With “Strictly a One-Eyed Jack”, John Mellencamp is releasing his 25th album. The album has 12 new titles, and clocks in at just over 45 minutes. What is special is that it contains three tracks that Mellencamp recorded with none other than Bruce Springsteen.
It is not to be expected that Mellencamp, seventy years now, still represents heartlands rock as much as he did in the eighties, with great albums like “John Mellencamp”, “The Lonesome Jubilee” and “The Scarecrow”. With the hit-single “Jack & Diane”, Mellencamp has a real classic to his name, but also hits like “R.O.C.K. in the USA” and “Paper in Fire” are still very nice to listen to.
The album sounds great, to begin with. David Leonard, who has already collaborated with John Mellencamp on “Human Wheels” and has an extremely successful career as a mixer and producer, has done his utmost to give the album a beautiful ‘sepia’-brown sound that fits immensely well with the impressive voice of Mellencamp. Production-wise, the album reminds me of Soul Asylum’s “Grave Dancer’s Union” which, although arranged more broadly, has the same directness in the sound, made such an impression even then.
Mellencamp does not rock on this album as he did forty years ago, but a very nice album has come out. Beautifully sung Americana with country influences and very beautiful lyrics. A real late-night listening album, also highly recommended for on the go.
The opener “I always lie to strangers” immediately grabs your attention. Vocally, you immediately notice that Mellencamp’s voice has matured further, and has been recorded incredibly well by Leonard. Here and there I got deja-vus of Willy Deville’s later work, as he sang on an album like “Pistola”. Wonderfully open arranged with a violin solo in it. Exactly as it should be.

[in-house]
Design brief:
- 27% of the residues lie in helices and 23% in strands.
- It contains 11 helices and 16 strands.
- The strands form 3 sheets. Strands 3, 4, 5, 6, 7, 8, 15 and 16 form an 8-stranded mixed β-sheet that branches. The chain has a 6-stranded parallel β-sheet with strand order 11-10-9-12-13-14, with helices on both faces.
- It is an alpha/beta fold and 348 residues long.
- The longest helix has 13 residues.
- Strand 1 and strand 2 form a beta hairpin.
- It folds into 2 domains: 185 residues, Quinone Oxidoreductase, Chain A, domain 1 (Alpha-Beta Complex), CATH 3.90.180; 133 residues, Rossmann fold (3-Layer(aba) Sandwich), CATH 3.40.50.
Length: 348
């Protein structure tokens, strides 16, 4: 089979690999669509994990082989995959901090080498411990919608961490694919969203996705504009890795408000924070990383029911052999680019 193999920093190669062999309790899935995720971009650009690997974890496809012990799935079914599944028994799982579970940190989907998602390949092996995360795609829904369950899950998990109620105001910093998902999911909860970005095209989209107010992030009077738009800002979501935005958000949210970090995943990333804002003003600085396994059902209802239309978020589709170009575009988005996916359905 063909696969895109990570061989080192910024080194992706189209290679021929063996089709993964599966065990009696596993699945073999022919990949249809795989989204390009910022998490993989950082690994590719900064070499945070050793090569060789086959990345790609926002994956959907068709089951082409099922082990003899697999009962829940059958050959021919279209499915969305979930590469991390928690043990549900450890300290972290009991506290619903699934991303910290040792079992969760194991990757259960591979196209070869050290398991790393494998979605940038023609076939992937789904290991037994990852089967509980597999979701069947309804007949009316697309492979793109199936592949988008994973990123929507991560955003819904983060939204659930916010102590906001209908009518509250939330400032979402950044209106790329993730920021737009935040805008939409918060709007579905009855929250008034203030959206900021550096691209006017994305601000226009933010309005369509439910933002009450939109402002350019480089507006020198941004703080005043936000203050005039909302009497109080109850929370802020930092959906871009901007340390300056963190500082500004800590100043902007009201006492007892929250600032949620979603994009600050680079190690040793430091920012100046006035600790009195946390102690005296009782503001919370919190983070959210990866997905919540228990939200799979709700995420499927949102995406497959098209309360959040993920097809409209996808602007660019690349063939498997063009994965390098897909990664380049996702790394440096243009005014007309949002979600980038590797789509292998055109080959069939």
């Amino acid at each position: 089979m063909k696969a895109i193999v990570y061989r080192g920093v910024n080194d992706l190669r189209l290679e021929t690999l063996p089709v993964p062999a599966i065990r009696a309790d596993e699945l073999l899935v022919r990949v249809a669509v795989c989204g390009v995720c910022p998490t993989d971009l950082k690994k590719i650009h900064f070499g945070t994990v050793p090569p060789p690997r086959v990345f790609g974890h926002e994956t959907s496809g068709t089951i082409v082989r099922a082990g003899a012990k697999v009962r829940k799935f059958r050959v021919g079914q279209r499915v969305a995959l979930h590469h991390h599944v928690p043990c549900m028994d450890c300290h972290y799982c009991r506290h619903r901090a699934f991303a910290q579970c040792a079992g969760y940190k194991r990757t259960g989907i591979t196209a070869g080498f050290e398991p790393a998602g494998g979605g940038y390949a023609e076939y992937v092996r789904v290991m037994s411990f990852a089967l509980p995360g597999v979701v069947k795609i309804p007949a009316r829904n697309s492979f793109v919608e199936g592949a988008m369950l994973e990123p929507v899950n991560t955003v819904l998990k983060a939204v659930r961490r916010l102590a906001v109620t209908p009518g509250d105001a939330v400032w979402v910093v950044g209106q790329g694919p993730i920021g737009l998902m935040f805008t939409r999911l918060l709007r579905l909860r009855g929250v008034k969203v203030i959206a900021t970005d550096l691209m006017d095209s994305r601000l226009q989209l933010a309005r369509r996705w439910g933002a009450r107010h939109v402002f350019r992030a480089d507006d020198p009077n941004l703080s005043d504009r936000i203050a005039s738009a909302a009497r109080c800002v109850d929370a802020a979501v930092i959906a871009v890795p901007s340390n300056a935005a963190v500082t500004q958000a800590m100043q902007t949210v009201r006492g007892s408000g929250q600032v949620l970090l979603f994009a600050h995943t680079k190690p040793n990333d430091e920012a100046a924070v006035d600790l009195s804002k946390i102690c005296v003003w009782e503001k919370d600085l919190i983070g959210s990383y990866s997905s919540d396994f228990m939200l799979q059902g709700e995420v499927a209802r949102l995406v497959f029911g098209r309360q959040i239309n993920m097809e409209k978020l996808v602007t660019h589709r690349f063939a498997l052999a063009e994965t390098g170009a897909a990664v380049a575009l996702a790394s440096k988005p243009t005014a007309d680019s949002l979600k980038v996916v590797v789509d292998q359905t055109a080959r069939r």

One of the highlights of the album is the duet with Bruce Springsteen “Say such a thing”. What a wonderful groove, and what colour those voices together beautifully like a very strong bourbon, straight from an oak barrel. And then there’s that howling guitar solo. Ultimate pleasure. Why are these two greats only now coming together?
The ballad “Gone so Soon” gives me goosebumps in places I haven’t had it for a long time. How a few simple piano chords, in a fairly obligatory progression, can lead to something phenomenally beautiful. That dark voice of Mellencamp, the second voice of a woman over it. And then. A trumpet from heaven. Isn’t Chet Baker dead after all? My breath stops at so much beauty, I close my eyes and enjoy. There isn’t a bad song on this album. All tracks play at the same highest level. Mellencamp has set up a team with only scoring strikers.
But when you close with a song like “A life full of Rain”, again a duet with Springsteen, then you have saved the best for last. “Heartwrenching” is the guitar solo, as it should be. It wouldn’t surprise me at all if this album, especially in the USA, gets nominated for a Grammy Award. With this album, Mellencamp delivers his best work in decades, possibly even the best album of his entire career. So, does the album deserve a 9 out of 10? Actually, the album certainly deserves that, but I have the hard condition that an album must be insanely well produced and played, with top-notch song material, it must also be innovative. The album isn’t innovative, so no 9, but I haven’t heard anything better this year, let’s leave it at that. (8/10) (Republic Records)